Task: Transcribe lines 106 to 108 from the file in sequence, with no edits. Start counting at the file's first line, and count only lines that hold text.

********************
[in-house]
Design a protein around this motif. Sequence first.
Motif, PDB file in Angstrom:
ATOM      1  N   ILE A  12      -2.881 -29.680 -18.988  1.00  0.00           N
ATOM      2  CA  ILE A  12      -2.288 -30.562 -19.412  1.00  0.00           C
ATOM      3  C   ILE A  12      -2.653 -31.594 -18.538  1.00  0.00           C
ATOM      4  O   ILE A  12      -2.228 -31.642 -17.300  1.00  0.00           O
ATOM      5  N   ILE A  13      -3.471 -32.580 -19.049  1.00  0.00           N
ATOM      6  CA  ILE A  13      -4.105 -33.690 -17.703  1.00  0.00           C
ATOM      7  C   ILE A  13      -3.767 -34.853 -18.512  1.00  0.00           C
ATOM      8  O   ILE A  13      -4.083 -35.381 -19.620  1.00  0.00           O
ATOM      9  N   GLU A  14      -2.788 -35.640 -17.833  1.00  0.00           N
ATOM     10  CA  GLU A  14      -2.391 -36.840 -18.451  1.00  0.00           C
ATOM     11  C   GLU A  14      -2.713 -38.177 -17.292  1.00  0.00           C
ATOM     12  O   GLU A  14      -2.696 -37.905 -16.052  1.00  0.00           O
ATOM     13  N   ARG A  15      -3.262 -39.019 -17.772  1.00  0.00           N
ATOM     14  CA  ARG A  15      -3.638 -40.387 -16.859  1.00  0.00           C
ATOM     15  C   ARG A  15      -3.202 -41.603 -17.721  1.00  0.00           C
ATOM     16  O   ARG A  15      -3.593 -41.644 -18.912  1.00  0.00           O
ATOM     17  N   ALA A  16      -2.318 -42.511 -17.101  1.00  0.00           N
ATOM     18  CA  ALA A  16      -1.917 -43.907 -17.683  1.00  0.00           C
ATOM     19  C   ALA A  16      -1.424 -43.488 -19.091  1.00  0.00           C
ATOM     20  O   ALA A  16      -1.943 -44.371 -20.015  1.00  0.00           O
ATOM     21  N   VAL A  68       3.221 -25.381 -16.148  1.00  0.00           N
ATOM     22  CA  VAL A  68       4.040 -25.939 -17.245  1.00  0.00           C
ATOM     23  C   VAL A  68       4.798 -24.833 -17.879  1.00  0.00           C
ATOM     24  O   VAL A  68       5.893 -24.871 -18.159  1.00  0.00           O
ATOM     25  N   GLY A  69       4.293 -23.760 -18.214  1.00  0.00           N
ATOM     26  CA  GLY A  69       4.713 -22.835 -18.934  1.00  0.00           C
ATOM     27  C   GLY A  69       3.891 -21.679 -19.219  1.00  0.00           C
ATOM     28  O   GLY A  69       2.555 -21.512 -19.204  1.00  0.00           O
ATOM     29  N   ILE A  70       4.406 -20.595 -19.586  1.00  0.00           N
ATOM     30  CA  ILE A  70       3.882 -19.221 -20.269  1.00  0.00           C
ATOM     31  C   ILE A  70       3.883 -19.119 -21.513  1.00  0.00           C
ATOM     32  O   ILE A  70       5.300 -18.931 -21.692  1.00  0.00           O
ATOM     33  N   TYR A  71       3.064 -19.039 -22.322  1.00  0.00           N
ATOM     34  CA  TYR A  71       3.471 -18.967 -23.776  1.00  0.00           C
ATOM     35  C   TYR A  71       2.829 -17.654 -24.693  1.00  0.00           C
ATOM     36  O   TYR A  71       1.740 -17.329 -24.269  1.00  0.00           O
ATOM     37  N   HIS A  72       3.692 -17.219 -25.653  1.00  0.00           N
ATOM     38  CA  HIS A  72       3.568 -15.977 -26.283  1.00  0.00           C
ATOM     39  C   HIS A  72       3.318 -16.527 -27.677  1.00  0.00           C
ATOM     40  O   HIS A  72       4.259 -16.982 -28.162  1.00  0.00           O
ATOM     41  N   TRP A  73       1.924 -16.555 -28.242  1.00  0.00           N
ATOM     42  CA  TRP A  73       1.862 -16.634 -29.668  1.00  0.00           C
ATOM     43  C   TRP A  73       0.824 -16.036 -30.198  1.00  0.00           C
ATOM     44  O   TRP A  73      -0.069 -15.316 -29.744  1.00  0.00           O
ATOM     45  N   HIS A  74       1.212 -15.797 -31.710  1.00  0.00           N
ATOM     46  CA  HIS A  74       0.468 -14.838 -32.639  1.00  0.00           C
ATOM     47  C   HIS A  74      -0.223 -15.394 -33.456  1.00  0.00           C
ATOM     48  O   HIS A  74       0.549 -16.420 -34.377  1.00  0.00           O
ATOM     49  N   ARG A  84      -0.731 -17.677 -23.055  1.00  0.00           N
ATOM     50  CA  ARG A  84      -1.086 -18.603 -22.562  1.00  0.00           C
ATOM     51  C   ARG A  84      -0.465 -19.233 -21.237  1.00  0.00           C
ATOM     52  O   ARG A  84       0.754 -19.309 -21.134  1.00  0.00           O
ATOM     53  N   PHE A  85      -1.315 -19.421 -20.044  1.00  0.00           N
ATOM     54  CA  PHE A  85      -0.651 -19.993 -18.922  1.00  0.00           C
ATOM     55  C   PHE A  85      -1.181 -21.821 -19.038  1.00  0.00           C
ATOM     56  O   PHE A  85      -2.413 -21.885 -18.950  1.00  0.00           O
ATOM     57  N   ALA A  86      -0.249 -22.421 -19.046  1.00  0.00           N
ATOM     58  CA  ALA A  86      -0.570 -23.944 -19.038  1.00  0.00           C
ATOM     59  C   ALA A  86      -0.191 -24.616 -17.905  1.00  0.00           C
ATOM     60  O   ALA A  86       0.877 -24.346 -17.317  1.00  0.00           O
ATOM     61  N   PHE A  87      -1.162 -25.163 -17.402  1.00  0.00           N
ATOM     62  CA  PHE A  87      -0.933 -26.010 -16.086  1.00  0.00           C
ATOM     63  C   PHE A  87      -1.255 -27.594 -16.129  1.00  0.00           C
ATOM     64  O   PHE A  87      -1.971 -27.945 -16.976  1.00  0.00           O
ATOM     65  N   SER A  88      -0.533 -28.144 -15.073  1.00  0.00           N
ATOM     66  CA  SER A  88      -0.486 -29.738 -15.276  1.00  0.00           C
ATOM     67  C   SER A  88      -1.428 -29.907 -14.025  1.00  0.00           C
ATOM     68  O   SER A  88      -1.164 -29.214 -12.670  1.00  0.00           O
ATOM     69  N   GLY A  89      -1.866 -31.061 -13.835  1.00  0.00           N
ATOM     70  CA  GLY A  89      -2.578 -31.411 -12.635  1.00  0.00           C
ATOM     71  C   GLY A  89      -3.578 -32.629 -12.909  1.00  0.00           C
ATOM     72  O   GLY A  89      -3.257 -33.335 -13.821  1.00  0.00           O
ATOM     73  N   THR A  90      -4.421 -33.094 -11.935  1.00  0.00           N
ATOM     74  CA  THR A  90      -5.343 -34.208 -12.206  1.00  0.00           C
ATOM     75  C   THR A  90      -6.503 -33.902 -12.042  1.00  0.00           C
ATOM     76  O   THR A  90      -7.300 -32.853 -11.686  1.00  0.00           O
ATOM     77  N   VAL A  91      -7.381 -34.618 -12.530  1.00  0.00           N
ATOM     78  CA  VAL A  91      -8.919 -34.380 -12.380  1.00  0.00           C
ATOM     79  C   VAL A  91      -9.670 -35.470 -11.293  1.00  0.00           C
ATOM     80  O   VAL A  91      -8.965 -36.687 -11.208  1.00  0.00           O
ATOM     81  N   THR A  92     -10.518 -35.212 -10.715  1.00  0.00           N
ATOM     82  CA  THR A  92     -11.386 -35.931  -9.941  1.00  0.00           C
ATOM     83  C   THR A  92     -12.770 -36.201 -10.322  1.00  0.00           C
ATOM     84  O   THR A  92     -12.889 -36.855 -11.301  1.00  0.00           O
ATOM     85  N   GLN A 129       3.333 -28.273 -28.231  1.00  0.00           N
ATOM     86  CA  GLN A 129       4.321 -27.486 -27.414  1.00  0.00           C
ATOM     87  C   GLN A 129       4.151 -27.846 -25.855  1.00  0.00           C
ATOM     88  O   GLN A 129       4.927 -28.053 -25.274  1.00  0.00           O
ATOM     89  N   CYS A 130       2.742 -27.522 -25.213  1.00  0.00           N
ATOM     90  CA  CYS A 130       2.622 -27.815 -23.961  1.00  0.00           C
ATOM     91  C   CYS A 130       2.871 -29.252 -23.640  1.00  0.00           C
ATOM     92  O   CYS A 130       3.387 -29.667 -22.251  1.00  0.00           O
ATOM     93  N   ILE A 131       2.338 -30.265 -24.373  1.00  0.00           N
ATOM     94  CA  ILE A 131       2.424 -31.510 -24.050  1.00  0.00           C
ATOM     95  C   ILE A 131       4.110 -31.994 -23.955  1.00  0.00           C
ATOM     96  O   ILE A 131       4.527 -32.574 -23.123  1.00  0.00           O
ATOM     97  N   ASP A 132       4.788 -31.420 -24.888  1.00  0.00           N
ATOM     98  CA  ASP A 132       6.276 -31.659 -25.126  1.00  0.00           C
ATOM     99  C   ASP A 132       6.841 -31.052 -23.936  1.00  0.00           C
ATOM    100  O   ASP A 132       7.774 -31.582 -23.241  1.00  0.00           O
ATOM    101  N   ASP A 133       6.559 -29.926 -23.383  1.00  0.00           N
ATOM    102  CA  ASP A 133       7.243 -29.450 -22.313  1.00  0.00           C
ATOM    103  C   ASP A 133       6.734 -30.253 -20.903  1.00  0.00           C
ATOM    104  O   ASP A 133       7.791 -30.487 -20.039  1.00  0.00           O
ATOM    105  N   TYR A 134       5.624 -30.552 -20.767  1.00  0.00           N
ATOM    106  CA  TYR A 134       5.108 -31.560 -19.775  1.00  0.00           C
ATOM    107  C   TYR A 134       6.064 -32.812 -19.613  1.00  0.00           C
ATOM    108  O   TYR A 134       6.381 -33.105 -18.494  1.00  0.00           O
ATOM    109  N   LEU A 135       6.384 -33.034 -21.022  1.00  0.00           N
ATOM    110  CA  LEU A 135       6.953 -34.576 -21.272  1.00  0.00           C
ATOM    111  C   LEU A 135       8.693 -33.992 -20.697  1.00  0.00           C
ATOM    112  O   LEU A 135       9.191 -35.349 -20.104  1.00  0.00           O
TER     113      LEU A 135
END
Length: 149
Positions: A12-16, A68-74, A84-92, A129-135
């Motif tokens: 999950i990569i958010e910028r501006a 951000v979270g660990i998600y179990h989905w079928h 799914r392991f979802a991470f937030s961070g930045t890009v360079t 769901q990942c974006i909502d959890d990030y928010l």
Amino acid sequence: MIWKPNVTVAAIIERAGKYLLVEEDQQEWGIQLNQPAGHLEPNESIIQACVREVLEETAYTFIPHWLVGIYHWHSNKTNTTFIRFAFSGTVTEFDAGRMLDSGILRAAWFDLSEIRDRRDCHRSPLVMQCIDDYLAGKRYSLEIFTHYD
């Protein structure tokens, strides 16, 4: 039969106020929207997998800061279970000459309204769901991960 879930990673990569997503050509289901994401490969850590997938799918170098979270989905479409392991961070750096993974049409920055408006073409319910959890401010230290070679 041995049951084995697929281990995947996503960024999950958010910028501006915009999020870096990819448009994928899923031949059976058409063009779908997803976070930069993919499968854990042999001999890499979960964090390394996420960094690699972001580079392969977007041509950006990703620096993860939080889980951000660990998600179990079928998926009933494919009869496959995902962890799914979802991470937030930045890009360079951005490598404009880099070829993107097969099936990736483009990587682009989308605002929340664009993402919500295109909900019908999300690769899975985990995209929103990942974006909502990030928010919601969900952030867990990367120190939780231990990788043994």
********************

ATOM    103  C   ASP A 133       6.734 -30.253 -20.903  1.00  0.00           C
ATOM    104  O   ASP A 133       7.791 -30.487 -20.039  1.00  0.00           O
ATOM    105  N   TYR A 134       5.624 -30.552 -20.767  1.00  0.00           N